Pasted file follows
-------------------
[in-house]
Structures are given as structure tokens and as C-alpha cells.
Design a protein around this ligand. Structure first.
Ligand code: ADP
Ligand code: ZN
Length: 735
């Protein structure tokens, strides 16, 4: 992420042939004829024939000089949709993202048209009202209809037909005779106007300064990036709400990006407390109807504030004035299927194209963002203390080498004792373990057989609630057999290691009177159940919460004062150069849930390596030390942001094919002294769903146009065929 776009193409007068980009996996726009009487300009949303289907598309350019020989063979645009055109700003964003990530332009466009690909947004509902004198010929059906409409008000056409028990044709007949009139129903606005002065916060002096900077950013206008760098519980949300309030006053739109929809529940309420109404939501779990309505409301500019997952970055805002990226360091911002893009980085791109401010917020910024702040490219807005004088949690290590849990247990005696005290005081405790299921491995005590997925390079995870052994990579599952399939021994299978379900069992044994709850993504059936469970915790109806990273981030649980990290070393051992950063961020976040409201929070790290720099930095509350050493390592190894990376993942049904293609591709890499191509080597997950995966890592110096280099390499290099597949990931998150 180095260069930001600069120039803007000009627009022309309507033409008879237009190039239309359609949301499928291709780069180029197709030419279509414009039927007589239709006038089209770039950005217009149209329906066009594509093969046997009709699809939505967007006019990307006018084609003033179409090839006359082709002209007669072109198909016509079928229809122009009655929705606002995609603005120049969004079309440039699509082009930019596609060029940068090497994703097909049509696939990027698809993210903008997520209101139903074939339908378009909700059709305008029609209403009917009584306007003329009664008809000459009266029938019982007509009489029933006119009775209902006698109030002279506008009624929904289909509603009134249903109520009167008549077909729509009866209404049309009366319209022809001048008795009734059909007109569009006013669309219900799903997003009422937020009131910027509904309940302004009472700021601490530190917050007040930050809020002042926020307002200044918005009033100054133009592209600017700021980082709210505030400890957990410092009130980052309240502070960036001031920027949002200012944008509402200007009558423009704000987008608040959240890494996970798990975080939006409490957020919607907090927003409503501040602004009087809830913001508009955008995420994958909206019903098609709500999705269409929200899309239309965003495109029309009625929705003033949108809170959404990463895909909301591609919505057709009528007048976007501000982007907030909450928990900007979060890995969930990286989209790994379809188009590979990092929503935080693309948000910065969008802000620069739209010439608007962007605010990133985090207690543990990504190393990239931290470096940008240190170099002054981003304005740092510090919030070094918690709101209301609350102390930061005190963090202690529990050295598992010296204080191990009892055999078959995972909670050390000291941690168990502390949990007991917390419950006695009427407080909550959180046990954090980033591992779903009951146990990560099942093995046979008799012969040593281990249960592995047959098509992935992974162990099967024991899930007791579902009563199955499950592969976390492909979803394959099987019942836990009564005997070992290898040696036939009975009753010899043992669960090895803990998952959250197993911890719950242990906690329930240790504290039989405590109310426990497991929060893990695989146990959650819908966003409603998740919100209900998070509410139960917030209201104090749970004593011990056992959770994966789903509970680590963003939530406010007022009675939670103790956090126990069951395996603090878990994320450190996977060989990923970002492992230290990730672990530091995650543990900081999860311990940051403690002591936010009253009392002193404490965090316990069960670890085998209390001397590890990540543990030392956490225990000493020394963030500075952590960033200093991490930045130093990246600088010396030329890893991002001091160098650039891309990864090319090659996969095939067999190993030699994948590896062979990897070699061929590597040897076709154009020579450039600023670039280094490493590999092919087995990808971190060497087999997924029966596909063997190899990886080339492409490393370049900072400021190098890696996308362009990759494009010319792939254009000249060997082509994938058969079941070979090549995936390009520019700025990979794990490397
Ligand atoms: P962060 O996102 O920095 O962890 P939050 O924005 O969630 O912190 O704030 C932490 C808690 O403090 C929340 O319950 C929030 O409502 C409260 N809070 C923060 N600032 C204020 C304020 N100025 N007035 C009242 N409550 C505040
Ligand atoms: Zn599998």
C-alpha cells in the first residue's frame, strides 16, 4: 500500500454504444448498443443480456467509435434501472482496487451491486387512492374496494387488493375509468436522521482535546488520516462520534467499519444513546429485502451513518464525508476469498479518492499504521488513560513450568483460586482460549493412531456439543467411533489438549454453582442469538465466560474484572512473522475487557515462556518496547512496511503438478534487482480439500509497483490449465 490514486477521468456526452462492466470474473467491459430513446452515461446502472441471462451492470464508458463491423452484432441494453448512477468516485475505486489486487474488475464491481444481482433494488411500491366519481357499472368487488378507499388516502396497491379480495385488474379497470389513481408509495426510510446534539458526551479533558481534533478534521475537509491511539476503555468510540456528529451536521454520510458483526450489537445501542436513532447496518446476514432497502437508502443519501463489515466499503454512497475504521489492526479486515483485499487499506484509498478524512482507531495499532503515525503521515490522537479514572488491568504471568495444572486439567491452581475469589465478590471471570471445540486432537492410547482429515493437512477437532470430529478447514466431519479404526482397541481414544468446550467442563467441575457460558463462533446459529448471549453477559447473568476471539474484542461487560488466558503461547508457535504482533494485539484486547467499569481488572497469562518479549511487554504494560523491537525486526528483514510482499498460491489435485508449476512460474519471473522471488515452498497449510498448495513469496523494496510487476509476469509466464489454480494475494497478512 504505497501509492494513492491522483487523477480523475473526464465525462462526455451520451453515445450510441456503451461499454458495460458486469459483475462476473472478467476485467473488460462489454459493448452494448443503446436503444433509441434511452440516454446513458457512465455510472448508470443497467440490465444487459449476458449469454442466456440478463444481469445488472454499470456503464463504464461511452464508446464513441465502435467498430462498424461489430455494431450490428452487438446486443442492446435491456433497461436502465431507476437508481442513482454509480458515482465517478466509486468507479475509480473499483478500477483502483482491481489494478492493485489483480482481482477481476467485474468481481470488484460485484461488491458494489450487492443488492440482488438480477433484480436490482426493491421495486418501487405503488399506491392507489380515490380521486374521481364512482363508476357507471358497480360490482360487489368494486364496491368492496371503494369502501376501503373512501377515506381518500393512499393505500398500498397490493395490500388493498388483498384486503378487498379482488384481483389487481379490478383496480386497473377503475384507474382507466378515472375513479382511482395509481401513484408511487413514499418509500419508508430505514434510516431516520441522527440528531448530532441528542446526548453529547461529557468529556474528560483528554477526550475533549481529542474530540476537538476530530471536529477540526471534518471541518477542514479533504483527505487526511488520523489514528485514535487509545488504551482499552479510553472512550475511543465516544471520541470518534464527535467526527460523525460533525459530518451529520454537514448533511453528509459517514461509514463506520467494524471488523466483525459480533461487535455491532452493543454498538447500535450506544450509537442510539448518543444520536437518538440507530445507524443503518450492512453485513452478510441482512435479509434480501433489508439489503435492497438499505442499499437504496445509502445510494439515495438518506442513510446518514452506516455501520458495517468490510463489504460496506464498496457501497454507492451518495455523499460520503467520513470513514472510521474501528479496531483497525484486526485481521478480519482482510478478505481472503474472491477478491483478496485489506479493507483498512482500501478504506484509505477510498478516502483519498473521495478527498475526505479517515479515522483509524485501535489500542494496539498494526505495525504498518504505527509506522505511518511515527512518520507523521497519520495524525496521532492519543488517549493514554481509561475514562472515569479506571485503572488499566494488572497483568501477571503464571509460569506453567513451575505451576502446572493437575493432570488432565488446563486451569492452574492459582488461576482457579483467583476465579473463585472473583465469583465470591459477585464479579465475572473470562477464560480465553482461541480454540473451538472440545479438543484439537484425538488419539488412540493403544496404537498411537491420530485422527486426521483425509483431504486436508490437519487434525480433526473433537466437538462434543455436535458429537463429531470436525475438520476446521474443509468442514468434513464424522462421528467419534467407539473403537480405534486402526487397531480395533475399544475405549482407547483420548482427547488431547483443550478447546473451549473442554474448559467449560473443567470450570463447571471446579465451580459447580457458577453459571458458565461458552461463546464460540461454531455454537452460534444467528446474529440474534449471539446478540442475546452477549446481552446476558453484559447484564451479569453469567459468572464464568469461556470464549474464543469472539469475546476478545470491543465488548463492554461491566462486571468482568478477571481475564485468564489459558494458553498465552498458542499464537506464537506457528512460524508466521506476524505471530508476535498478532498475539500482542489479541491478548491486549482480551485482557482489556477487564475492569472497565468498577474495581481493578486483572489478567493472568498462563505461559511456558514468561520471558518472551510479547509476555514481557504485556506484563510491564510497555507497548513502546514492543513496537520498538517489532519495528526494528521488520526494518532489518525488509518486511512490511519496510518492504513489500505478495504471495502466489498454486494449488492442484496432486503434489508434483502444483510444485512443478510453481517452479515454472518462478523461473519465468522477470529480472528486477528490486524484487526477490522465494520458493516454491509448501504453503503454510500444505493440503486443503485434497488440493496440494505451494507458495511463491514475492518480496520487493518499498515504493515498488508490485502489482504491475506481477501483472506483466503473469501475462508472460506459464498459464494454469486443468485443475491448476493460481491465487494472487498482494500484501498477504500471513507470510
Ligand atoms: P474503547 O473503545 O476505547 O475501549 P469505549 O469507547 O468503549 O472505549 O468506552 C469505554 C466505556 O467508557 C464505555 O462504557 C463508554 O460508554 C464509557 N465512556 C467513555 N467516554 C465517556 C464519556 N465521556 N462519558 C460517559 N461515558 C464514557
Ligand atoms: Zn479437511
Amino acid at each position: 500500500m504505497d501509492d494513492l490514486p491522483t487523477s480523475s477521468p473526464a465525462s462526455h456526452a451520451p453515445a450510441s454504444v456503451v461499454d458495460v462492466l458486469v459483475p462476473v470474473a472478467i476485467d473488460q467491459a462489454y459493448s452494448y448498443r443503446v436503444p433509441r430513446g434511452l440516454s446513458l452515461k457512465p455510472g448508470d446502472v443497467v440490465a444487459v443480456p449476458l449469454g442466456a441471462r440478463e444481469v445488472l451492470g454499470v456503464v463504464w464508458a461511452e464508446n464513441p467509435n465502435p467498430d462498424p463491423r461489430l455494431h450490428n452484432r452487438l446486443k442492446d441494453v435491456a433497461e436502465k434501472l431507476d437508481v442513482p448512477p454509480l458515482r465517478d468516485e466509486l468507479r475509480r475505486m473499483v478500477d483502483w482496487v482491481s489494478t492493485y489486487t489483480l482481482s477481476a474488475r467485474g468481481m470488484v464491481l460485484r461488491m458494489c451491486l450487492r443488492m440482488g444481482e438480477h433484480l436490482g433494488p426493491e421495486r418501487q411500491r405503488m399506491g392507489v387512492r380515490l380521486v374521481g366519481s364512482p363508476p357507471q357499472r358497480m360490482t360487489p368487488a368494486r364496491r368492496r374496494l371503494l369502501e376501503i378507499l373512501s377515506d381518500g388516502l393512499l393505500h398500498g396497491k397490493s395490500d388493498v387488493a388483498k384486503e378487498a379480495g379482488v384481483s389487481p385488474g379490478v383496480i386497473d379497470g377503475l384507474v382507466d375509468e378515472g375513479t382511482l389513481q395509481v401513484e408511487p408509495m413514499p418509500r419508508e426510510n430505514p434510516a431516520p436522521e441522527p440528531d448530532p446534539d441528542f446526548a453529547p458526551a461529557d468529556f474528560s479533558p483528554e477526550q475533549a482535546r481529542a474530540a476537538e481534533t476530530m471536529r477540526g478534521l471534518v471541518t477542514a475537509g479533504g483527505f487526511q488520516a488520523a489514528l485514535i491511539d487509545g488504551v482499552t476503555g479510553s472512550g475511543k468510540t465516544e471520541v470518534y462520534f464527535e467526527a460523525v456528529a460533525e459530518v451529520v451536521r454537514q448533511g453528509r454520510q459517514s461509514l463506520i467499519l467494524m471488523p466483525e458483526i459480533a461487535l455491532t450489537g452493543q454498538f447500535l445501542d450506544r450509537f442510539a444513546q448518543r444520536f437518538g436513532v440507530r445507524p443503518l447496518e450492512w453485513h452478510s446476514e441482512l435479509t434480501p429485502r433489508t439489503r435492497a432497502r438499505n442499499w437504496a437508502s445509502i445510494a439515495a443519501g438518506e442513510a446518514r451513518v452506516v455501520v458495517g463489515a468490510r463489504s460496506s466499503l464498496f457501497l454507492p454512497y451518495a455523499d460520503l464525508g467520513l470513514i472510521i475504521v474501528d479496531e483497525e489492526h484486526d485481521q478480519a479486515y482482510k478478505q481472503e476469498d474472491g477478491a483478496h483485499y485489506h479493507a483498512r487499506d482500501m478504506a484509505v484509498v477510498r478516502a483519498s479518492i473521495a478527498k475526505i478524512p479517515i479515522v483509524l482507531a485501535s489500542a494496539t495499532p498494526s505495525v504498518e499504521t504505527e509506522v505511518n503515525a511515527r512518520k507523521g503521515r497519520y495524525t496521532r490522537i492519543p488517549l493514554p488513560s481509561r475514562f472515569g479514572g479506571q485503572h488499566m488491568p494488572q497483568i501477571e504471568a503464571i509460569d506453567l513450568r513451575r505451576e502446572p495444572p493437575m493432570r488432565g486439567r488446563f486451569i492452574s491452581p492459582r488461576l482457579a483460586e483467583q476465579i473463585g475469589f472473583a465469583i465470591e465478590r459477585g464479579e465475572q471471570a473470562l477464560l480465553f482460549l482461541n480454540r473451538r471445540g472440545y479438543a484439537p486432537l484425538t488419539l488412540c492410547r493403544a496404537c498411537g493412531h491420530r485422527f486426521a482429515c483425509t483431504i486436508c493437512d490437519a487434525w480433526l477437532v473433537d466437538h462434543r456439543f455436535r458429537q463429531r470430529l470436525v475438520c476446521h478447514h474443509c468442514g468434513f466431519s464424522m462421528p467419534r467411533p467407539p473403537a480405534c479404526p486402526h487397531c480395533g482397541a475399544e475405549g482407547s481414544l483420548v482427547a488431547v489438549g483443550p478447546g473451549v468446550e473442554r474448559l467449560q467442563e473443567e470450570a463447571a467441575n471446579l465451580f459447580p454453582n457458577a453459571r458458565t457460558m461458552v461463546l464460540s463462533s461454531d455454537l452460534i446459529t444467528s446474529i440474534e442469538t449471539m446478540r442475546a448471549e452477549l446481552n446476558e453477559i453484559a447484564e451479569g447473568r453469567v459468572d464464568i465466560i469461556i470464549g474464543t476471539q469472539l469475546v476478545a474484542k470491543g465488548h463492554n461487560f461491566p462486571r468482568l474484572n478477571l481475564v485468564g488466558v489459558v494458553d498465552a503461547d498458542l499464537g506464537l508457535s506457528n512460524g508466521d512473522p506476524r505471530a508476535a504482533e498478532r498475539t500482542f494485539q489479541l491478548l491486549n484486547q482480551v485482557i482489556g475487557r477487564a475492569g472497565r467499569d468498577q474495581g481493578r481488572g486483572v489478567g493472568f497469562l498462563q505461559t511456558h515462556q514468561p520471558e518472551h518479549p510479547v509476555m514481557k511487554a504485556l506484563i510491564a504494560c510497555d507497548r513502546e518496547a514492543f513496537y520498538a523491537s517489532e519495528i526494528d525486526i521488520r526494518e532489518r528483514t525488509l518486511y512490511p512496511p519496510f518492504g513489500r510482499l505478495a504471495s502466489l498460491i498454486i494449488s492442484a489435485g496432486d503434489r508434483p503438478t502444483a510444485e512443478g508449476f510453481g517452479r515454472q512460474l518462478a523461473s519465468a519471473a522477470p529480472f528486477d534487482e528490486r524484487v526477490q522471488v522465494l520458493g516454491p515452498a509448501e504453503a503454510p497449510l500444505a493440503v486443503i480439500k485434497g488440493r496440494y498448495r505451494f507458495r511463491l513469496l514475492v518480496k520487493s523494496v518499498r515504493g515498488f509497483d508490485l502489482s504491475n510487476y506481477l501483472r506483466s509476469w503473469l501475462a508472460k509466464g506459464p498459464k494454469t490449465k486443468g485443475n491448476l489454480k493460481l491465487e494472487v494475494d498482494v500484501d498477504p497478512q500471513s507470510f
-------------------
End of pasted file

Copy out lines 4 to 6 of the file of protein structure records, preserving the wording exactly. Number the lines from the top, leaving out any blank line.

Ligand code: ADP
Ligand code: ZN
Length: 735